TRIVIA QUESTION! … “Why (or how) did Xerox come up with their name?” Give up? Because they wanted an identifiable, defendable (trademark lawsuit-proof) identity that was short, AND BOTH began and ended with an “X”. No other word in the English language does that.
Like Kleenex and Coke, the name Xerox has become synonymous and universally interchangeable with the word “photocopy”. THAT, my friends, is a strong brand! So, the $10,000 question would be “can I just make up a name?” Answer: yes and no (again with that darned two edged sword).
Take a look at the masters of made up names … Lexicon-Branding. As a premier brand strategy firm and one of the best name-comer-uppers, they’re responsible for some traditional brand names like “Powerbook”, “OnStar”, “Blackberry”, “Tungsten” and Subaru’s “Outback”, Forester” & “Baja”.
For decades, this team has also been making up names like “Dasani”, “Zima”, “Febreze” and “Nexcare”. Indeed, all powerhouse brands that are immediately recognizable by most consumers. BUT … what about some other names they’ve come up with, like; “Evista”, “Vistive”, “Capton” or “Provenge”. In their own circle of influence, these brand names are strong, easy to identify, easy to spell, meaning-rich and CAN be built into mega-names. The problem is that it’s not so easy to remember these newly made up names. You have no past historical reference to relate with.
Tip Nine: If you’re going to make up a name, be very, very careful! Know that the cost of trying to avoid trademark issues is this initial lack of language recognition. It may take a long while to get brand “legs”. Also, expect A LOT of people to say “Uhhhhh, WHAT does THAT mean?” Made up names very typically evoke a love-hate response from the general public.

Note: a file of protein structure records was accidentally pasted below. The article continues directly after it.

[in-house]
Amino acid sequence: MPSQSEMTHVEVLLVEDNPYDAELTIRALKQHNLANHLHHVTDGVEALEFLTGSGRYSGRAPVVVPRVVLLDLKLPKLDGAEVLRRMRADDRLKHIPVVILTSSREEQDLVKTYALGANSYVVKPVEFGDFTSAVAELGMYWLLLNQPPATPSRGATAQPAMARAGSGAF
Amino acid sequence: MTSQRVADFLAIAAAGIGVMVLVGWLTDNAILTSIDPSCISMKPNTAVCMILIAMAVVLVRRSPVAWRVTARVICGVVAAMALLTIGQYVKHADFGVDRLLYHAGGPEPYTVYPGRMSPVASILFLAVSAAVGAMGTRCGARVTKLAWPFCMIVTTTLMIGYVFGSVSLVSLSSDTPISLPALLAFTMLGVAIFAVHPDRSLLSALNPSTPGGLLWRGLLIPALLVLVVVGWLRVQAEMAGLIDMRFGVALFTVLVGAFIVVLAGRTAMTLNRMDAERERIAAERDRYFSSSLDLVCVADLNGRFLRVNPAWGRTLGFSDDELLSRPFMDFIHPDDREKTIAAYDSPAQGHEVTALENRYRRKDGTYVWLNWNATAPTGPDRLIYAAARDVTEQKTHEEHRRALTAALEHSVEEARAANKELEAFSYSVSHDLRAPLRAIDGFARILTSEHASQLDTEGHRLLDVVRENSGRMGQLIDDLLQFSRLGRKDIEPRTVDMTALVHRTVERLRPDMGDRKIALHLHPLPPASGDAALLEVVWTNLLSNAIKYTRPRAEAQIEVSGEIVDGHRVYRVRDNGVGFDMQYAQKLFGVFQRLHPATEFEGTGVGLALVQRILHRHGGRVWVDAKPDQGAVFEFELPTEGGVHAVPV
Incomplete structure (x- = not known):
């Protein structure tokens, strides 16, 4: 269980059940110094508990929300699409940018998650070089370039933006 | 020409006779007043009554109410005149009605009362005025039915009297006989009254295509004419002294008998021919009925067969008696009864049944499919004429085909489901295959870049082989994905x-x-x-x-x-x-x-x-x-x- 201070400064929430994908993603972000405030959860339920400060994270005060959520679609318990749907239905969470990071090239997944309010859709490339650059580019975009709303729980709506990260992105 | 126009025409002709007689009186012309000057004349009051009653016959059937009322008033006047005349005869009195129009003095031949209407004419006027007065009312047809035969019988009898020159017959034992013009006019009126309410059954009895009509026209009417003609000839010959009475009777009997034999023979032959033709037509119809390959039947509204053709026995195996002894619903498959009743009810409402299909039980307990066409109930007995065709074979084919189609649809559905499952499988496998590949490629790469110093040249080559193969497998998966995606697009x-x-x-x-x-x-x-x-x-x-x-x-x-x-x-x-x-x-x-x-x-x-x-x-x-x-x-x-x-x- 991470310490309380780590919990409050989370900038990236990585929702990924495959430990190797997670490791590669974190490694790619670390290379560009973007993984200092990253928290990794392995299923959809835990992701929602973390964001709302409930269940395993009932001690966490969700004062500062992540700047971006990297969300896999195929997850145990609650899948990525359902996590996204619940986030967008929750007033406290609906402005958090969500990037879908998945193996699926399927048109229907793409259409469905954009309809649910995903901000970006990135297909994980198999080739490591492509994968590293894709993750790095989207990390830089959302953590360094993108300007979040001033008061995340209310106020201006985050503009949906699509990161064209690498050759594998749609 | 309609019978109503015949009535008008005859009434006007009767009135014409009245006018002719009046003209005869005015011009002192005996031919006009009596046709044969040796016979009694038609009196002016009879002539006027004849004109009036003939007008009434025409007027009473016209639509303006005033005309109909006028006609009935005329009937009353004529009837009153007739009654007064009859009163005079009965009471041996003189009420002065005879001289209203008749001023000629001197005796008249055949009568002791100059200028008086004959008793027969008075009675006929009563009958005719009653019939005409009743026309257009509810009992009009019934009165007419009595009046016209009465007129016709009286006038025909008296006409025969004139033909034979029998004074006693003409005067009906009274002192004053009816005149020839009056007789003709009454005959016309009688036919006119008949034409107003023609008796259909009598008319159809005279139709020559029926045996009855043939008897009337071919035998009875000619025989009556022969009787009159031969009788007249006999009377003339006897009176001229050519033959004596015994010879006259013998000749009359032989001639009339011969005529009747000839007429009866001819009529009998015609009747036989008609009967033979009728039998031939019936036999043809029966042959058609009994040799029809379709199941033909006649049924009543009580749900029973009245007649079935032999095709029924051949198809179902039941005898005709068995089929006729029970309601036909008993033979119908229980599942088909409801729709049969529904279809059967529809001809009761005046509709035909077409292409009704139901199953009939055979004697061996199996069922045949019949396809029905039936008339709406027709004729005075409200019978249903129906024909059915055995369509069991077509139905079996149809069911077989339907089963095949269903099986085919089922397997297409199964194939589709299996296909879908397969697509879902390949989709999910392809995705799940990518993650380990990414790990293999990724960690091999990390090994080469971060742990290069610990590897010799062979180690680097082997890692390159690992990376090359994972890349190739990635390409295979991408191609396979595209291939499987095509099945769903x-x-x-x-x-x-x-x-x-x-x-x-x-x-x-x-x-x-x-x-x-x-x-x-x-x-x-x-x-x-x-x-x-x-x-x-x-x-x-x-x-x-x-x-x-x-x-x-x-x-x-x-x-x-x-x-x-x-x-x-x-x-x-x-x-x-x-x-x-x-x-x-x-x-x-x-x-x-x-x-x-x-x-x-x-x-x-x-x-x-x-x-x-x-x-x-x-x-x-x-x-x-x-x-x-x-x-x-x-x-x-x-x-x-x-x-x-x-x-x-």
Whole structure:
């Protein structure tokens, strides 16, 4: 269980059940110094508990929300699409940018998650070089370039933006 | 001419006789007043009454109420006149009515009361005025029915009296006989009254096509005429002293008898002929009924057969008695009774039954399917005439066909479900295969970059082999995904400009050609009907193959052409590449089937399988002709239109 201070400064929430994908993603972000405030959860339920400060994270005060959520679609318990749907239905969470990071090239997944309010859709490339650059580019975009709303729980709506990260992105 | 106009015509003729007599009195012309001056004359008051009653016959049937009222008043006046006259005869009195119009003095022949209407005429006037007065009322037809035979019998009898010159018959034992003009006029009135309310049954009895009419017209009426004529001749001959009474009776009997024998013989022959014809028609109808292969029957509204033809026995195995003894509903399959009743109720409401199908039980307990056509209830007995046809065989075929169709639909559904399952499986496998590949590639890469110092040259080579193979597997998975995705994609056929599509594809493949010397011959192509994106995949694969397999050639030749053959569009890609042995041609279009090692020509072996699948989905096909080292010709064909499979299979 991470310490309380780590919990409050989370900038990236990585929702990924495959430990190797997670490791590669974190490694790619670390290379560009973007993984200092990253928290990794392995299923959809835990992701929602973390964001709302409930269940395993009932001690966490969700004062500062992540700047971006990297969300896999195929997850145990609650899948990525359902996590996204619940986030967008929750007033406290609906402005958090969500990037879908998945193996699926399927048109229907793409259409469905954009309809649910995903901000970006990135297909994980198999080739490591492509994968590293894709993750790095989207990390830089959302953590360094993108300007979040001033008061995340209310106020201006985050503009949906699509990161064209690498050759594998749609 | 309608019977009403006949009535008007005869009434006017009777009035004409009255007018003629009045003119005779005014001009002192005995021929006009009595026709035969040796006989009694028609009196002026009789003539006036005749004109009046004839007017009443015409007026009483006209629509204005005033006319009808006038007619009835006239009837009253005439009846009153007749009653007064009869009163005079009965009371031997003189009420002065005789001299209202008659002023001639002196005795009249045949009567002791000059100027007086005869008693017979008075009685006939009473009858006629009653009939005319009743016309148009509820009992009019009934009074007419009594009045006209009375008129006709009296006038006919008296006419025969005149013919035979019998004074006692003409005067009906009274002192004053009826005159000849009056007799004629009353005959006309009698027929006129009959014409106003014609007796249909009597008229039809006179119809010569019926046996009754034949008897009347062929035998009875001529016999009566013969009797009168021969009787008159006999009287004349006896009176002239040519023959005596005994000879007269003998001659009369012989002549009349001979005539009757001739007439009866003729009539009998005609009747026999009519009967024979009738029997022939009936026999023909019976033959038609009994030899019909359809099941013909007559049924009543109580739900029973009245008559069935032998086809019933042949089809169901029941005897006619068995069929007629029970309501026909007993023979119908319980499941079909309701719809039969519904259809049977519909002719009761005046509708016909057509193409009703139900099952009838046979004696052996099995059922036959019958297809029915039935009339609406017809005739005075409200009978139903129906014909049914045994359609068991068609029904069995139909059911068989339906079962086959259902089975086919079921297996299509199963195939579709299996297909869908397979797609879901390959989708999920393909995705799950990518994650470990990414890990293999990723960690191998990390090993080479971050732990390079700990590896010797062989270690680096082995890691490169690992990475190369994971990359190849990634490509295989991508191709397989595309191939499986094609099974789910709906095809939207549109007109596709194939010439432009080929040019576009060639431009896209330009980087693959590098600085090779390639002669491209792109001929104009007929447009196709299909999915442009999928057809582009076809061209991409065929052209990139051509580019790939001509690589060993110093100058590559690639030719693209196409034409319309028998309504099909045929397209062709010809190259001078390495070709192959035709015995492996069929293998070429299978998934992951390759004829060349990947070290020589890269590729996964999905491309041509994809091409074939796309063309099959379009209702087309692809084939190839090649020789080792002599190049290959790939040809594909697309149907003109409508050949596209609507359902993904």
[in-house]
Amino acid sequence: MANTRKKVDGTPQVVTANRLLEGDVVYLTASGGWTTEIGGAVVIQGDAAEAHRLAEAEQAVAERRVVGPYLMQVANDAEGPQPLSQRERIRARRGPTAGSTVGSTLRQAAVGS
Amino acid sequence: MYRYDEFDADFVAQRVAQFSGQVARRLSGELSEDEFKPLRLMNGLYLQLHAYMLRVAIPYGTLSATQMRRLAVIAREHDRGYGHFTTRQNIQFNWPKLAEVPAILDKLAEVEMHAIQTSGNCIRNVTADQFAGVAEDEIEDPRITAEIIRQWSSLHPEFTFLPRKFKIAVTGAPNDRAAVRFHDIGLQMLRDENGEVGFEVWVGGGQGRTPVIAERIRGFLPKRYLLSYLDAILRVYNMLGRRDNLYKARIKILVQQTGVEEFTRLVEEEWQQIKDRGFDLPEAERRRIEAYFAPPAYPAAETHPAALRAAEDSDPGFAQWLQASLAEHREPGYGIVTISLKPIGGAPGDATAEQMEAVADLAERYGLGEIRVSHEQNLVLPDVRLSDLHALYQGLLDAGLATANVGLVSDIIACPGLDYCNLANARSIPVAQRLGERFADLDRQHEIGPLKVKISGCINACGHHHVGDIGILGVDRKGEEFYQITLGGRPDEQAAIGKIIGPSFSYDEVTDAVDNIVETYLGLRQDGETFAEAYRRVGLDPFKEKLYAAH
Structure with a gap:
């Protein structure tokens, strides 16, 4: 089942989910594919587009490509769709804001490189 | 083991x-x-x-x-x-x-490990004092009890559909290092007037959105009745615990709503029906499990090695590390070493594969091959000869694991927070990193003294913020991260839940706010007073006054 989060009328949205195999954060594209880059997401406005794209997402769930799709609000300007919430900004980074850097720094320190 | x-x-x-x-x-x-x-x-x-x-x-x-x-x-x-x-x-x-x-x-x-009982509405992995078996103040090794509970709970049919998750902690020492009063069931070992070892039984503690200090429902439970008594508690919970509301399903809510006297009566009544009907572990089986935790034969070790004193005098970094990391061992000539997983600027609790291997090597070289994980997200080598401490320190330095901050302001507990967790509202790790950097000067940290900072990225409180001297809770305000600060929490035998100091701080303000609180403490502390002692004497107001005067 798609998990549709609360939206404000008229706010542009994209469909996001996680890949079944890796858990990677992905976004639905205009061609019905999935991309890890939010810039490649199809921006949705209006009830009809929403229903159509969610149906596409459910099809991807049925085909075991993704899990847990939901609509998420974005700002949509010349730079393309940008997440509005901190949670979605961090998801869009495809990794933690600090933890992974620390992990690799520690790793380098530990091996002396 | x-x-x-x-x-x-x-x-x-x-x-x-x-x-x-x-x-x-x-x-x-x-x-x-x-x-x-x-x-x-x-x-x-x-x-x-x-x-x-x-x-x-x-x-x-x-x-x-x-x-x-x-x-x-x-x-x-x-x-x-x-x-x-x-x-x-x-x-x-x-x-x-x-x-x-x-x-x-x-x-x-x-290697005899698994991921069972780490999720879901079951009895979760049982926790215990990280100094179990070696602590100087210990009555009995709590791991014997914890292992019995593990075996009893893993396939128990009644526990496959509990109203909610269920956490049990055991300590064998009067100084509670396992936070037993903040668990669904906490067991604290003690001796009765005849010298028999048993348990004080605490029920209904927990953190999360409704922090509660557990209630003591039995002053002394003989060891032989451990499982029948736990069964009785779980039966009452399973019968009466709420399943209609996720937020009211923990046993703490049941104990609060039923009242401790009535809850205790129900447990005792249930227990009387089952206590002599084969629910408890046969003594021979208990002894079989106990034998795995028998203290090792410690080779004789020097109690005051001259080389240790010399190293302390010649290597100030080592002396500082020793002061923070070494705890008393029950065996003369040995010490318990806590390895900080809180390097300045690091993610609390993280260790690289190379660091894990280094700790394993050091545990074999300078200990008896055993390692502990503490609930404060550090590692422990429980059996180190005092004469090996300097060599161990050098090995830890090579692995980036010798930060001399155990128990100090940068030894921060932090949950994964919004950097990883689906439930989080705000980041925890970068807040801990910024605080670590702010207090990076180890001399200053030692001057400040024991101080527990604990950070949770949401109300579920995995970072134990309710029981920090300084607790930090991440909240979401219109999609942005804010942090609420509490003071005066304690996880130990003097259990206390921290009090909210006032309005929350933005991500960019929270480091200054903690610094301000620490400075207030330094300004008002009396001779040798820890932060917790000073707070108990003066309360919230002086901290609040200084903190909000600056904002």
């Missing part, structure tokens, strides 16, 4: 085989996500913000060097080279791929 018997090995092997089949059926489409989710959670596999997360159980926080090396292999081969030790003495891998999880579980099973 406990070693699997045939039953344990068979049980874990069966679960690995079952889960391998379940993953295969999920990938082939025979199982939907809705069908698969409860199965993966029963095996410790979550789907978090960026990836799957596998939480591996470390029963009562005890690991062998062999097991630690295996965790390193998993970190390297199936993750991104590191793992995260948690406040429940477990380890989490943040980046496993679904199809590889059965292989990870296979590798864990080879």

You’re likely on the fence with this one. There are, indeed, both pros and cons to consider. Take your time … this is a big deal.
IF YOU DO decide to try and make up a name, check out these resources:
- Robobunny’s “Dislexicon” – English Language Extender
- Perceptus’ “Word Mixer” – Similar tool but it just mixes words you provide
Go back to our Name Game category (the link’s over there on the right) and check out tips two and three. I walked you through the process of making a list of HUNDREDS of related words. Start plugging these into the above sites and you’ll see how this can all work out.
An Example: Let’s say I were trying to make up a new name for a brand strategy company. One related word would certainly be “identity”. By plugging this word into the Dislexicon system I quickly came up with “Benidenti” (with the implied meaning of “good identity”). It’s short, easy to spell, has a European feel to it, and a quick search at the USPTO site shows no competing companies.
Now comes the hard part (after I get a real clearance check from my IP attorney and an official “go ahead” from the USPTO) … burning this sucker onto the frontal lobes of every Tom, Dick and Mary I can get my hands on.